Can chicken chaap with mutton biryani be compared with the opening spell of bowling by Wasim Akram and Waqar Younis? I have seen Imran Khan and Wasim Akram in 1987 (the time is important, as with age the fast bowlers mellow down a little bit), Courtney Walsh and Curtley Ambrose of West Indies and Allan Donald and Shaun Pollock of South Africa. However, the first one was the deadliest pair! They complemented each other just like the Chicken Chaap does when presented with Mutton Biryani.
I often wondered what makes that a deadly combination. The generally oily/ ghee laden yet non sticky rice of the Biryani with the moist mutton (bone or boneless) on one hand and the leg piece with the gravy which has been prepared on purpose with gram flour ( some grated coconut at few places too) to give it a slight texture, is like a jugalbandi where the music compliments each other with no one trying to out perform the other.
Chicken Chaap has its origin in the Awadhi cuisine and just like Biryani happened to Kolkata (or Kolkata happened to Biryani?), chicken chaap also happened to Kolkata. The Muslim run restaurants made it a regular in their menu and in no less time, the dish became popular. Which place serves the best Chicken chaap in Kolkata ? Almost all the Mughlai joints deserve a shoutout but this is a recipe from Royal India Hotel, which is more than 105 years old and one of the pioneers in Biryani and chaap. However most of the joints have their own version and equally likable chaap like at Arsalan or Nizam or Shiraz or India Hotel.
I reframe this. Chicken chaap and Mutton Biryani is not Wasim Akram and Waqar Younis. In my era, one of the deadliest combinations was Glenn McGrath and Shane Warne. Two different styles and different genres but when played together in a match ,they have sent shivers down the spine of the opposition and made Australia win many a match. After all, its no mean feat to feature amongst the top 5 International wicket takers in Test Matches from the same team during the same era. Imagine what the opponents would have gone through. In case you are a ‘2 W’ fan, then smile. Wasim and Waqar are the 2nd and 3rd all time highest wicket takers in One day Internationals.
Honestly, I have never been as much a fan of Chicken chaap as I am of Kosha Mangsho. Nothing against this great Awadhi awesomeness but as most of the preferences change over time, with age and circumstances this was also not different. It is like one of those innumerable unfortunate opening batsmen who`could never survive long enough from the wrath of Glenn McGrath to finally face the magician named Shane Warne. I always had a tendency to dominate the Biryani just like most batsmen would have foolishly tried to dominate Pigeon (as the giant McGrath was known as) and most often, would get deceived by the quantity of food in 1 plate of Biryani and got out. Now with age, as the eating style has is now of a consolidator, I wait to get over the temptation of finishing the Biryani and look forward to the mind games with the chicken chaap just as one would do with Shane Warne.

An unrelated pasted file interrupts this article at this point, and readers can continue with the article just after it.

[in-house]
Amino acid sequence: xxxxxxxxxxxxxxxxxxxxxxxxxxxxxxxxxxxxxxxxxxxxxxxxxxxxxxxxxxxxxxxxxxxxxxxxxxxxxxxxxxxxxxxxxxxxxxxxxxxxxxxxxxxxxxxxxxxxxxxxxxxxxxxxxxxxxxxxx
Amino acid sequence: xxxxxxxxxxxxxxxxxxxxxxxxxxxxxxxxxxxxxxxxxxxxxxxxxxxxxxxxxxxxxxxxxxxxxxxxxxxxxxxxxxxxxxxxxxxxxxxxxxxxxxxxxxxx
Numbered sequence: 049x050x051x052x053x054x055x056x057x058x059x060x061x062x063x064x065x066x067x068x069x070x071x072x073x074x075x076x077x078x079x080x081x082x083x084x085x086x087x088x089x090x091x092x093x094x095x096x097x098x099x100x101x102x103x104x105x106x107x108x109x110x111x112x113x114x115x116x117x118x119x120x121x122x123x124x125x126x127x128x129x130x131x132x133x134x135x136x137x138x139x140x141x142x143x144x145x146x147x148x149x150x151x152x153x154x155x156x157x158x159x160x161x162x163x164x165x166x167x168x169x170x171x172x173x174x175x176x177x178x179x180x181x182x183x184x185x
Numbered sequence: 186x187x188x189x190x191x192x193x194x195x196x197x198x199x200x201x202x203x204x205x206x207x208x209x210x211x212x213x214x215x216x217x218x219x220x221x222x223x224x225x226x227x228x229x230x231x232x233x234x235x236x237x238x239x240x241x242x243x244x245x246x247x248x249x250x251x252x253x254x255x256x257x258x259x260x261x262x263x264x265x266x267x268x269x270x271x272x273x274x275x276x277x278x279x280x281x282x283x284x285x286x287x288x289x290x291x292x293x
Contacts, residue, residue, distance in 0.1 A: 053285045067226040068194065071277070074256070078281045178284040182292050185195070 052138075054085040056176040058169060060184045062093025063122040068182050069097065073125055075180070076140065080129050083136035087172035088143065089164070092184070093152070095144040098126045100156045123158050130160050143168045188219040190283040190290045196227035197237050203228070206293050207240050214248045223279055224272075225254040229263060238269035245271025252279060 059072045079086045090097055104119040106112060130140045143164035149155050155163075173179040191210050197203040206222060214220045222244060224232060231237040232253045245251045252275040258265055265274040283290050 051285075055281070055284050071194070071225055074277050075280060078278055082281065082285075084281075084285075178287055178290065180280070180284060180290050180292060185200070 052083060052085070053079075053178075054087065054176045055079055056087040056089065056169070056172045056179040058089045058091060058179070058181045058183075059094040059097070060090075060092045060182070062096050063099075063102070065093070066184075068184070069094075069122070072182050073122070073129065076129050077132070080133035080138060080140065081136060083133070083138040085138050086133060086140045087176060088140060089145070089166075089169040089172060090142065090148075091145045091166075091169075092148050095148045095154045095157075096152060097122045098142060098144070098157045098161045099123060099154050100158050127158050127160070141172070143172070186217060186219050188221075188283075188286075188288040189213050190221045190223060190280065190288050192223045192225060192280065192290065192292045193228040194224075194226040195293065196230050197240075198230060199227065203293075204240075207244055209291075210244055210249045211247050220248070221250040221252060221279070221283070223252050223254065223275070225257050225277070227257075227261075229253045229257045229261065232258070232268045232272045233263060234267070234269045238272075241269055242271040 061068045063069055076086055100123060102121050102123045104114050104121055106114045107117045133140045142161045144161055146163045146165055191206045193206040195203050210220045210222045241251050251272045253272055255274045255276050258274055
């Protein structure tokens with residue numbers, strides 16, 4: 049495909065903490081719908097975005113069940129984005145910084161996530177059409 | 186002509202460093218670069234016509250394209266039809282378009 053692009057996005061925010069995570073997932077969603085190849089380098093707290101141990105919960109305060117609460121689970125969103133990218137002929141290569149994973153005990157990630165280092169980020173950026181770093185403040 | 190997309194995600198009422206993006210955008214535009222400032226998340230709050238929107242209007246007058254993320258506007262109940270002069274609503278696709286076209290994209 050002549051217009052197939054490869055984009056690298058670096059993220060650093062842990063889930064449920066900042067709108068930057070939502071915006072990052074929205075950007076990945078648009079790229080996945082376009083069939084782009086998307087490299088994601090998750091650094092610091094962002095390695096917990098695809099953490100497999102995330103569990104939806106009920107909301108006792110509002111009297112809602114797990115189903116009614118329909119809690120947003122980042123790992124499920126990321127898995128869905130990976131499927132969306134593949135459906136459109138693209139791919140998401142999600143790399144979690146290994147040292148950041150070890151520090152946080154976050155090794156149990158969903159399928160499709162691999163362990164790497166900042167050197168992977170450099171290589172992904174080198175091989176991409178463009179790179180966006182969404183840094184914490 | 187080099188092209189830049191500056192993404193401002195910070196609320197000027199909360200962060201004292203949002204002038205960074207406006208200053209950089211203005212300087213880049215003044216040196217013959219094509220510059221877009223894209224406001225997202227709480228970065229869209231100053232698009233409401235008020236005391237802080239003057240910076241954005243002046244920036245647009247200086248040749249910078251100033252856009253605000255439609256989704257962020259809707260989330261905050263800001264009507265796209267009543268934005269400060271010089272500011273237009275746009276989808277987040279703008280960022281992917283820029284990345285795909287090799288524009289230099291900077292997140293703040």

Here is how Madhushree prepared the chicken chaap. During one of the many visits that we make to Royal Indian Hotel since it has opened in Ballygunge, we were waiting for our parcel (the takeaway as its called in hotel lingo) . The bawarchi who was manning the front counter where the chicken chaap was being fried in a humungous tawa filled with ghee seemed to recognise me as a regular at the Chitpur outlet. As we started chatting an outline of the recipe with some details ( no bawarchi shares secret recipe of chaap or kebab) was obtained. This is an effort to get the complete layout of the recipe.
- 1 Whole Chicken
- 2 1/2 Tbsp Garlic Paste
- 1 Tbsp Red Chili Powder
- 1 1/2 pinch Saffron
- 1/2 Tsp Meetha Atar optional
- 1/2 Cup Yogurt
- 2 Tbsp Ginger Paste
- 1 1/2 Tsp Garam Masala Powder
- 1/2 Tbsp Kewra Water
- 3 Tbsp Bengal Gram Flour
- 1/2 Cup Ghee
- Salt To Taste
- Soak the saffron strands in ¼ cup of water for about ½ hour or till it releases a beautiful colour.
- Ask your butcher to cut the chicken in large pieces (basically quarters of chicken), so that you have 2 leg- thigh pieces and two breast pieces with the wings. The balance you can use it up for a curry or for making stock.
- Prick the chicken pieces with a fork in several places and then marinate with all the ingredients except ghee. Keep it for 6 hours or more. If you are keeping in the refrigerator, remember to bring it to room temperature before cooking.
- In a frying pan, add ghee and when it heats, add the chicken pieces after shaking off most of the marination.
- Over high heat, fry the chicken to give some colour and seal the moisture inside.
- Once you have browned it a bit, add the rest of the marinated juices and turn the heat to medium.
- Then from medium to low heat, let the chicken cook. First cover it for 5 – 7 minutes and then you will notice the chicken releasing a lot of water.
- Remove the cover and slowly cook the chicken on low to medium flame.
- Do not add any water and let the chicken cook in its own juices. If you feel that the spices are drying up, only then sprinkle some warm water and cover and cook.
- It requires some patience and a watchful eye so that the spices don’t stick to the bottom of the pan.
- Check the seasoning and add more if required.
- The gravy will slowly change colour from a bright yellow to a dark brown.
- In about 25 to 30 minutes (sometimes more depending on the size of the chicken pieces), the chicken should be cooked.
- Finally add a bit of kewra water. You can leave this out if you do not like the fragrance of kewra water. Increase or decrease the heat depending upon the consistency of the gravy that you desire.
- Serve with some naan or hot rice.